From The Pueblo Chieftain (Chris Woodka):
A pilot program that would leave some of Pueblo’s water on the Western Slope — for a fee — was approved by the Pueblo Board of Water Works Tuesday.
The program would pay Pueblo Water about $400,000 over the next two years to leave 600 acre-feet (195 million gallons) in the Colorado River basin. It’s part of an $11 million pilot project to test tools that could be part of a Colorado River drought conservancy plan.
The program is sponsored by the Upper Colorado River Commission, Bureau of Reclamation, Southern Nevada Water Authority, Denver Water, Central Arizona Water Conservation District and the Metropolitan Water District of Southern California.
About $2.75 million is set aside for conservation programs in the Upper Colorado states, which are Colorado, New Mexico, Utah and Wyoming. Pueblo would contribute the water in a fairly painless way by shutting down the diversion of the Ewing Ditch, which brings water into the Arkansas River basin from Piney Gulch in the Eagle River basin.
The diversion is one of the oldest in the state, constructed in 1880 at Tennessee Pass.
The diversion ditch originally was dug by the Otero Canal and was purchased in 1954 by Pueblo Water. It delivers an average of about 920 acre-feet, but in wet years like this one, not all of the water is taken.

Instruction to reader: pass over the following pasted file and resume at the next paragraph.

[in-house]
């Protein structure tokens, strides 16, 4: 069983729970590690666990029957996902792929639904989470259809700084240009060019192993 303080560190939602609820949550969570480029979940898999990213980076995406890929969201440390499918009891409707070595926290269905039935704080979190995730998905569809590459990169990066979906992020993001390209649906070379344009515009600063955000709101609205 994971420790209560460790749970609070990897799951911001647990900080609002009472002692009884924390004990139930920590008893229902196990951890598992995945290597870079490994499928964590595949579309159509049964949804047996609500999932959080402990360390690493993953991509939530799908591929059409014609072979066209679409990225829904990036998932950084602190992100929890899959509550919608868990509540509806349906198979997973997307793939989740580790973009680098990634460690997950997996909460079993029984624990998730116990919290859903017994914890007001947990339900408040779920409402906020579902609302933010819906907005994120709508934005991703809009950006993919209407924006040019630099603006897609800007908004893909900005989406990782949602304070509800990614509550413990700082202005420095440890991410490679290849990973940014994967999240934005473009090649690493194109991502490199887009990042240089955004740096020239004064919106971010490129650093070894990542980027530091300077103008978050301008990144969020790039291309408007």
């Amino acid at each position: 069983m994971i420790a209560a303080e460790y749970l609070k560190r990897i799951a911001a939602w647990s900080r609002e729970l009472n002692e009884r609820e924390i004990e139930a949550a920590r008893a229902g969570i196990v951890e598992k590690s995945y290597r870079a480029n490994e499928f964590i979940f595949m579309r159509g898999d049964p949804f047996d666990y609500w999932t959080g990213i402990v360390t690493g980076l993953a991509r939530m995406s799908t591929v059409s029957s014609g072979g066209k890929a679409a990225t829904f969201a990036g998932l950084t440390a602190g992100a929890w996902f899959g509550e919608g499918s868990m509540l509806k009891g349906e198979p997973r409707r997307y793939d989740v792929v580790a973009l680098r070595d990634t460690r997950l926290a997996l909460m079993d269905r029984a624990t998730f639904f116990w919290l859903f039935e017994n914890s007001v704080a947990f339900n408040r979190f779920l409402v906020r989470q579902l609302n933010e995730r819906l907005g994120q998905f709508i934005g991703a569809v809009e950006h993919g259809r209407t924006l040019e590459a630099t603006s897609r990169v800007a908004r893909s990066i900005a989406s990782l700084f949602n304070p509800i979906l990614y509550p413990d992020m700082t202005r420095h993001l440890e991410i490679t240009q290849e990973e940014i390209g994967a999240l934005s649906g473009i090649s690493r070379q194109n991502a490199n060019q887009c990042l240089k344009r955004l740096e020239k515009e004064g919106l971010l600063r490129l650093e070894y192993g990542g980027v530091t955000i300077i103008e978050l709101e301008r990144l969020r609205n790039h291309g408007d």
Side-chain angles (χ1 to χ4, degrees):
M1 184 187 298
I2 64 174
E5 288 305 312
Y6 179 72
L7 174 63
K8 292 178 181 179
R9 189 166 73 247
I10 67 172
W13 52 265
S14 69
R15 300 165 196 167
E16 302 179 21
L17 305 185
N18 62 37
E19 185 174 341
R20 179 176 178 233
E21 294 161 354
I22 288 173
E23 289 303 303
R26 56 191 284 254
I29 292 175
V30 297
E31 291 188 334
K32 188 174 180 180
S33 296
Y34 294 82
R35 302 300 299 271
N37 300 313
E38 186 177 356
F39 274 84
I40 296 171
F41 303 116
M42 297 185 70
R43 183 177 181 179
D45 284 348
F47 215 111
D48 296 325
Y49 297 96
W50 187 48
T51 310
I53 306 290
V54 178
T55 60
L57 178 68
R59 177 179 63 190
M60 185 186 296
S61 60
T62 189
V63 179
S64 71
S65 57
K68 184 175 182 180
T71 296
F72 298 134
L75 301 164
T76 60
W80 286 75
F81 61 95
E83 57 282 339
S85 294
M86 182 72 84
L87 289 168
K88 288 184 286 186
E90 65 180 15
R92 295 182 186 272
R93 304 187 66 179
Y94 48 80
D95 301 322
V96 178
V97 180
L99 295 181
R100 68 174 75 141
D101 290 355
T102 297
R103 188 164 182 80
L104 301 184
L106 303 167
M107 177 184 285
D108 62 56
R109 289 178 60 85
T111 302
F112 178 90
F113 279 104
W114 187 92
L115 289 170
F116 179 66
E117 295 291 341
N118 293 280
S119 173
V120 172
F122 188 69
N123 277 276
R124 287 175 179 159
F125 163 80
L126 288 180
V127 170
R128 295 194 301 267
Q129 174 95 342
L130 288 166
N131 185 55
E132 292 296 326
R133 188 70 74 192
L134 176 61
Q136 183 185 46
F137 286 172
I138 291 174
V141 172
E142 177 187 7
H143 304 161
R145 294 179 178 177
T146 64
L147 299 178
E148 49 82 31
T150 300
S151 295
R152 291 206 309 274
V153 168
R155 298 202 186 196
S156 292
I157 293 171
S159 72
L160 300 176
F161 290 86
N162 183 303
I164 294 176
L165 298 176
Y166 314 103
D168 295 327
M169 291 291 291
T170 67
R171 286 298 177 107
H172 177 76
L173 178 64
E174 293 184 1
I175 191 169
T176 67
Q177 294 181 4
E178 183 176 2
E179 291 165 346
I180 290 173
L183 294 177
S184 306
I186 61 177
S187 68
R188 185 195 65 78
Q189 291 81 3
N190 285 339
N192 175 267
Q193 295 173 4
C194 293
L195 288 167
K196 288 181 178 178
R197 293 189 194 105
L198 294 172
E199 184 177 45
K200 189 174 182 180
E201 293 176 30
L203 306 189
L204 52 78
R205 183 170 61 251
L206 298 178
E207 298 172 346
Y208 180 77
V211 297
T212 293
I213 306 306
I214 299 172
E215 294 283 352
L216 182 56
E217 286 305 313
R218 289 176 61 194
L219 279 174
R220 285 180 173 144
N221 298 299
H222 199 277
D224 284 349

Pueblo’s storage accounts are full this year, with 52,174 acre-feet in storage, equivalent to two years of potable water use in the city. Pueblo’s total water use annually, including raw water leases and other obligations, is usually 70,000-80,000 acre-feet.
Typically, about 14,700 acre-feet would be brought across the Continental Divide, but this year, only about 5,760 acre-feet has arrived from all transmountain sources.
“There’s no place to put it,” Water Resources Manager Alan Ward told the water board this week. “It’s close to as much as we’ve ever had in storage.”
The Ewing Ditch contribution is about 37 percent of average this year, similar to Twin Lakes, which was shut down when the reservoir near Leadville reached capacity in May. Pueblo Water brought over 71 percent of its Busk-Ivanhoe water even though it was trying not to take any, Ward said.